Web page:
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J Natl Med Assoc. 2009 Dec;101(12):1214-20.

Self-reported HIV antibody testing among Latino urban day laborers.

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  • 1University of Washington School of Public Health, Department of Health Services, 1959 NE Pacific St, Seattle, WA 98195-7660, USA. solorio@u.washington.edu



To identify the characteristics of male Latino urban day laborers who self-report having tested for human immunodeficiency virus (HIV).


A cross-sectional survey was conducted with 356 Latino day laborers, aged 18 to 40 years, who had been sexually active in the previous 12 months, from 6 day labor sites in the City of Los Angeles.


Most of the men were single, mainly from Mexico and Guatemala, and had been employed as a day laborer for fewer than 3 years; 38% had an annual income of $4000 or less. Ninety-two percent of the men reported having sex with women only, and 8% reported a history of having sex with men and women. Forty-six percent had received an HIV test in the previous 12 months and 1 person tested positive. In univariate logistic regression analyses, day laborers who were aged 26 years or older, had more than 3 years in the United States, had more than 1 year but fewer than 5 years employed as a day laborer, and had annual incomes greater than $4000 were significantly more likely to self-report HIV testing in the previous 12 months. In a multivariate logistic regression analysis, only higher annual income was found to be significantly associated with self-reported HIV testing.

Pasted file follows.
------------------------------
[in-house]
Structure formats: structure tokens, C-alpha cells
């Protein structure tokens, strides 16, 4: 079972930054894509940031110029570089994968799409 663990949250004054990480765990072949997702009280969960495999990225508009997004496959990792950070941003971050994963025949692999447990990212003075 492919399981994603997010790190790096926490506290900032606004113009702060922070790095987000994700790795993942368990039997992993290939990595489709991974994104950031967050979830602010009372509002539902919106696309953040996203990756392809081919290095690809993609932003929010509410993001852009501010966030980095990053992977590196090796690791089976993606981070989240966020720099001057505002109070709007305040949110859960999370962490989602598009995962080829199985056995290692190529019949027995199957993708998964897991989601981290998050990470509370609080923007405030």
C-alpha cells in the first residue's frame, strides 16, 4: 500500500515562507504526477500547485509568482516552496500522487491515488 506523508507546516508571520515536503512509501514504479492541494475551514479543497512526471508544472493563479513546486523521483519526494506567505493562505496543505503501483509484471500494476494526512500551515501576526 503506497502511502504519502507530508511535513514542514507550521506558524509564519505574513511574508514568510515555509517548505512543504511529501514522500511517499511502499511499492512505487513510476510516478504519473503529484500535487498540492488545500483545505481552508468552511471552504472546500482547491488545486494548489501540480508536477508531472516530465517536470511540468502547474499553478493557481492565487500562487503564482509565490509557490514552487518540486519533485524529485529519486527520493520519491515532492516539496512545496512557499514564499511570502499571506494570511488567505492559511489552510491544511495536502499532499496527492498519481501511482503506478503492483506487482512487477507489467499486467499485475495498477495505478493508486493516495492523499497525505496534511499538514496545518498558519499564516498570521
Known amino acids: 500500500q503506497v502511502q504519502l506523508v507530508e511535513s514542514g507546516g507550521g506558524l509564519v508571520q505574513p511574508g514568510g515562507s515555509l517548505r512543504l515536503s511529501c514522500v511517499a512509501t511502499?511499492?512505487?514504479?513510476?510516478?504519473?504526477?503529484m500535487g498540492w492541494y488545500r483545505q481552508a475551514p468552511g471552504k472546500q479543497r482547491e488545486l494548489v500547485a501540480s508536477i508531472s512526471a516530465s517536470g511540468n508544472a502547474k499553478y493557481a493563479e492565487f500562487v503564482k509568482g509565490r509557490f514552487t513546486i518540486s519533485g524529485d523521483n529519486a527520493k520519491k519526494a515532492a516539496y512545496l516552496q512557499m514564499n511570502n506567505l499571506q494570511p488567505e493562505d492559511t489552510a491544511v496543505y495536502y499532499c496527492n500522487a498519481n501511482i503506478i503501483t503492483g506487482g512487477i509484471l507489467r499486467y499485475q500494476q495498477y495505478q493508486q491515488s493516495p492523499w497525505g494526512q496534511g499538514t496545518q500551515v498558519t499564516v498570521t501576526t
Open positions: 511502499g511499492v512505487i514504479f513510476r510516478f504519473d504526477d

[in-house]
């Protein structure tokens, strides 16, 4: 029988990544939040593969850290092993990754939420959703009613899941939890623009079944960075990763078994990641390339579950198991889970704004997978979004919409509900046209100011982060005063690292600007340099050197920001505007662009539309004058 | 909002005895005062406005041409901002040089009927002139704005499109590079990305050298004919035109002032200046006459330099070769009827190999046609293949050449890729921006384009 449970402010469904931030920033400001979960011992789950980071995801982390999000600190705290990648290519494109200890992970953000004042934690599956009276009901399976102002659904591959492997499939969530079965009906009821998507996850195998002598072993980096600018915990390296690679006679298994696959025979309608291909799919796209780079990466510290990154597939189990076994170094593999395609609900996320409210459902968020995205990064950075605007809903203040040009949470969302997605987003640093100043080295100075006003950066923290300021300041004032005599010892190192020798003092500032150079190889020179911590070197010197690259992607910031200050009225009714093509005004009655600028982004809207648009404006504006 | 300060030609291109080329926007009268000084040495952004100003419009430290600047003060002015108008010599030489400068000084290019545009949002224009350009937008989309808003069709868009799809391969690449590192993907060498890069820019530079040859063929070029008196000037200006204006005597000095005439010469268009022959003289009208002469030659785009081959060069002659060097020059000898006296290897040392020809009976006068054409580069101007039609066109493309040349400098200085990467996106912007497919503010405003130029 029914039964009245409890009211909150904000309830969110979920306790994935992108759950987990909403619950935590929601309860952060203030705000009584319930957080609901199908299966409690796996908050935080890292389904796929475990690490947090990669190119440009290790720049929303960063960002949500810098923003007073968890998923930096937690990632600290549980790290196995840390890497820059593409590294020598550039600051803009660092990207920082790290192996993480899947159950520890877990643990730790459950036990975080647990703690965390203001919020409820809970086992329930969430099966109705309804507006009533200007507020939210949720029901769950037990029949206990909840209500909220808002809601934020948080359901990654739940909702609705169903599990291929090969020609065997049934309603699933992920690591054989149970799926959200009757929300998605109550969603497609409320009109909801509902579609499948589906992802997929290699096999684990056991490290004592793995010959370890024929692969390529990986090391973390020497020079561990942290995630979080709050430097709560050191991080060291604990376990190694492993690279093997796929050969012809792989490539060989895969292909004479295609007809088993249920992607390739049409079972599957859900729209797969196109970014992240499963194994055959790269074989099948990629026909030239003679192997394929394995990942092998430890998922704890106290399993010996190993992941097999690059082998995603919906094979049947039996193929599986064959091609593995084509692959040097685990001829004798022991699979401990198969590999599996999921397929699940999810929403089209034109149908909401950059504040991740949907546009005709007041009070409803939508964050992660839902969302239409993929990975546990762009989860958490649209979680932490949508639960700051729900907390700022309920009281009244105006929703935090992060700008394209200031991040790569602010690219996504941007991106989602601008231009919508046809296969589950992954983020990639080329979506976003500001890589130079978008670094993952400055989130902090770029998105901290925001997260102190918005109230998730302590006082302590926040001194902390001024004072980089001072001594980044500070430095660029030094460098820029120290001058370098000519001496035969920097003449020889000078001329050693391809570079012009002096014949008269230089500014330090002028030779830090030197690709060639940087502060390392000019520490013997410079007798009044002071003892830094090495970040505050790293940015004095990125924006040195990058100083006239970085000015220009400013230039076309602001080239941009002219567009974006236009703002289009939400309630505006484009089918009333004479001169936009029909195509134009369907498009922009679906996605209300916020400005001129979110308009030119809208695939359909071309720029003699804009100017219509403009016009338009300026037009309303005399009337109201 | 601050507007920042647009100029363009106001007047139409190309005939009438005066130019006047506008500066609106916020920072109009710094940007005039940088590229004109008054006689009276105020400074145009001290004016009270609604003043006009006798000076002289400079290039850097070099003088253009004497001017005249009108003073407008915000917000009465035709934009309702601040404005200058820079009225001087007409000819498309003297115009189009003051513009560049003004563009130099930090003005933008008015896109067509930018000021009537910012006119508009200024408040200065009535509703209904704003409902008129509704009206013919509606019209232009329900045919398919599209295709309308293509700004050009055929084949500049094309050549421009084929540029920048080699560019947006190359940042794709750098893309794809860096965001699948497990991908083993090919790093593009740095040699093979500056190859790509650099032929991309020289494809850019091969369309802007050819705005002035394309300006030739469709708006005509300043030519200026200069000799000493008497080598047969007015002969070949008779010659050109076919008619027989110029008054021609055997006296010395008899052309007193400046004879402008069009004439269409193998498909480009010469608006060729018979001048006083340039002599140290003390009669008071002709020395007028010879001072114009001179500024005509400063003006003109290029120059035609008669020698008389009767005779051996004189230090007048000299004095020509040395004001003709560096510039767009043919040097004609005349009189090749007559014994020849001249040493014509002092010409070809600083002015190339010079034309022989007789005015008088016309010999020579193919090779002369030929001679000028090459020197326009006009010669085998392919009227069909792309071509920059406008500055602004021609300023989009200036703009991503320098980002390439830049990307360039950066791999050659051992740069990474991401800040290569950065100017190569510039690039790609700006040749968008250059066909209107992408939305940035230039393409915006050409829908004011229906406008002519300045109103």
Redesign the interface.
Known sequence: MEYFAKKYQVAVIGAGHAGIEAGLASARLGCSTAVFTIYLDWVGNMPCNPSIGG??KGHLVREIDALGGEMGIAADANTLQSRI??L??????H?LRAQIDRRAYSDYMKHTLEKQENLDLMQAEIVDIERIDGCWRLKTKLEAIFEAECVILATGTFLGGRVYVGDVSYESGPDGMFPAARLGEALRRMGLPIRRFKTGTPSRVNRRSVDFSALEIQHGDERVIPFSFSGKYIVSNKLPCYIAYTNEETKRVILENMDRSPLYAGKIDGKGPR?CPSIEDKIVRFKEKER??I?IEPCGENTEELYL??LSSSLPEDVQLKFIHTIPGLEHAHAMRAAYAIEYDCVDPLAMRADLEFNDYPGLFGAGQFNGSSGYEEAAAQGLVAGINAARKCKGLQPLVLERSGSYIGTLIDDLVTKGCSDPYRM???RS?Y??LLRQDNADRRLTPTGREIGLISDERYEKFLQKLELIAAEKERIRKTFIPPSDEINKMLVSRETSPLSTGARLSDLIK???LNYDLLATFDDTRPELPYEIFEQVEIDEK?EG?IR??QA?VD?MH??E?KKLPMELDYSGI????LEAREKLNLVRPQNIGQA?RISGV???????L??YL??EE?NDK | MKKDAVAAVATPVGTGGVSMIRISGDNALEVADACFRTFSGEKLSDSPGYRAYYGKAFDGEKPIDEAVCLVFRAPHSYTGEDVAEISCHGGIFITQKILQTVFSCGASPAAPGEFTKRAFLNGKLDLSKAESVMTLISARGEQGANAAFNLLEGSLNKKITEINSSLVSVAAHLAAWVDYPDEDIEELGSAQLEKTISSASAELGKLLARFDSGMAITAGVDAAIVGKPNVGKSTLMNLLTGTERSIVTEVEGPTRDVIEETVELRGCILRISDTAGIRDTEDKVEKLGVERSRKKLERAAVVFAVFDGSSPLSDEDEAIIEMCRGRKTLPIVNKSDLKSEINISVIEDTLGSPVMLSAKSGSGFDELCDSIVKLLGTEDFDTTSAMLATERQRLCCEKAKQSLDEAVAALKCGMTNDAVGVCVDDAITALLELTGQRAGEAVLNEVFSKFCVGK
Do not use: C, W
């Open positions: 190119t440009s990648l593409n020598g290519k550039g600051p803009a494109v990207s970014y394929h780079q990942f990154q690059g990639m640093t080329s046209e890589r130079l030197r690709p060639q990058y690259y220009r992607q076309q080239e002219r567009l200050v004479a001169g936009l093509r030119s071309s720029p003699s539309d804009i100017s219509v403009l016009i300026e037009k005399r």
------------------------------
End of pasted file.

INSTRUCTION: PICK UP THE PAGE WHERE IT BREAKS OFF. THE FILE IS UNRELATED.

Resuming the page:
Interventions that target lower-income Latino day laborers are needed to promote early HIV detection. HIV detection offers individual benefits through treatment, with decreased morbidity and mortality, as well as public health benefits through decreased rates of HIV transmission in the community.

[PubMed - indexed for MEDLINE]
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